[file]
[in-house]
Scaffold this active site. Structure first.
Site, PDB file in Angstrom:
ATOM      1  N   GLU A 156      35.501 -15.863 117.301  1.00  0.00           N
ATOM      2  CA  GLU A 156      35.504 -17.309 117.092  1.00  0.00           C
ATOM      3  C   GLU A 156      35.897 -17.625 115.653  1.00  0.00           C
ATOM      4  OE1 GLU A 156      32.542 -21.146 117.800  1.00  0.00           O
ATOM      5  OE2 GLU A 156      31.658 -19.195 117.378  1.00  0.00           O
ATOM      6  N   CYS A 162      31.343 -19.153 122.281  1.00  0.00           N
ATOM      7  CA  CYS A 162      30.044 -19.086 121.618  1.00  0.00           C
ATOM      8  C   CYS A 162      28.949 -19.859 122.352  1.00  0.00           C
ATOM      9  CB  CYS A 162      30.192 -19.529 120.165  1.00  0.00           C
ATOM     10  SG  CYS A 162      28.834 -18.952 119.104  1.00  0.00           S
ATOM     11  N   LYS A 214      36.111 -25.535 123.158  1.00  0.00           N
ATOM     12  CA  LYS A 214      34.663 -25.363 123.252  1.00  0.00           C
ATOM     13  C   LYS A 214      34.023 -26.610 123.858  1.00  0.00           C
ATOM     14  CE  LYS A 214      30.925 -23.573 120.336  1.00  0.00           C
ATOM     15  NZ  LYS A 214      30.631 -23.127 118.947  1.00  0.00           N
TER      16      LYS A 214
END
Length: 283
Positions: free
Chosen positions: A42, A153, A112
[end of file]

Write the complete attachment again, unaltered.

[in-house]
Scaffold this active site. Structure first.
Site, PDB file in Angstrom:
ATOM      1  N   GLU A 156      35.501 -15.863 117.301  1.00  0.00           N
ATOM      2  CA  GLU A 156      35.504 -17.309 117.092  1.00  0.00           C
ATOM      3  C   GLU A 156      35.897 -17.625 115.653  1.00  0.00           C
ATOM      4  OE1 GLU A 156      32.542 -21.146 117.800  1.00  0.00           O
ATOM      5  OE2 GLU A 156      31.658 -19.195 117.378  1.00  0.00           O
ATOM      6  N   CYS A 162      31.343 -19.153 122.281  1.00  0.00           N
ATOM      7  CA  CYS A 162      30.044 -19.086 121.618  1.00  0.00           C
ATOM      8  C   CYS A 162      28.949 -19.859 122.352  1.00  0.00           C
ATOM      9  CB  CYS A 162      30.192 -19.529 120.165  1.00  0.00           C
ATOM     10  SG  CYS A 162      28.834 -18.952 119.104  1.00  0.00           S
ATOM     11  N   LYS A 214      36.111 -25.535 123.158  1.00  0.00           N
ATOM     12  CA  LYS A 214      34.663 -25.363 123.252  1.00  0.00           C
ATOM     13  C   LYS A 214      34.023 -26.610 123.858  1.00  0.00           C
ATOM     14  CE  LYS A 214      30.925 -23.573 120.336  1.00  0.00           C
ATOM     15  NZ  LYS A 214      30.631 -23.127 118.947  1.00  0.00           N
TER      16      LYS A 214
END
Length: 283
Positions: free
Chosen positions: A42, A153, A112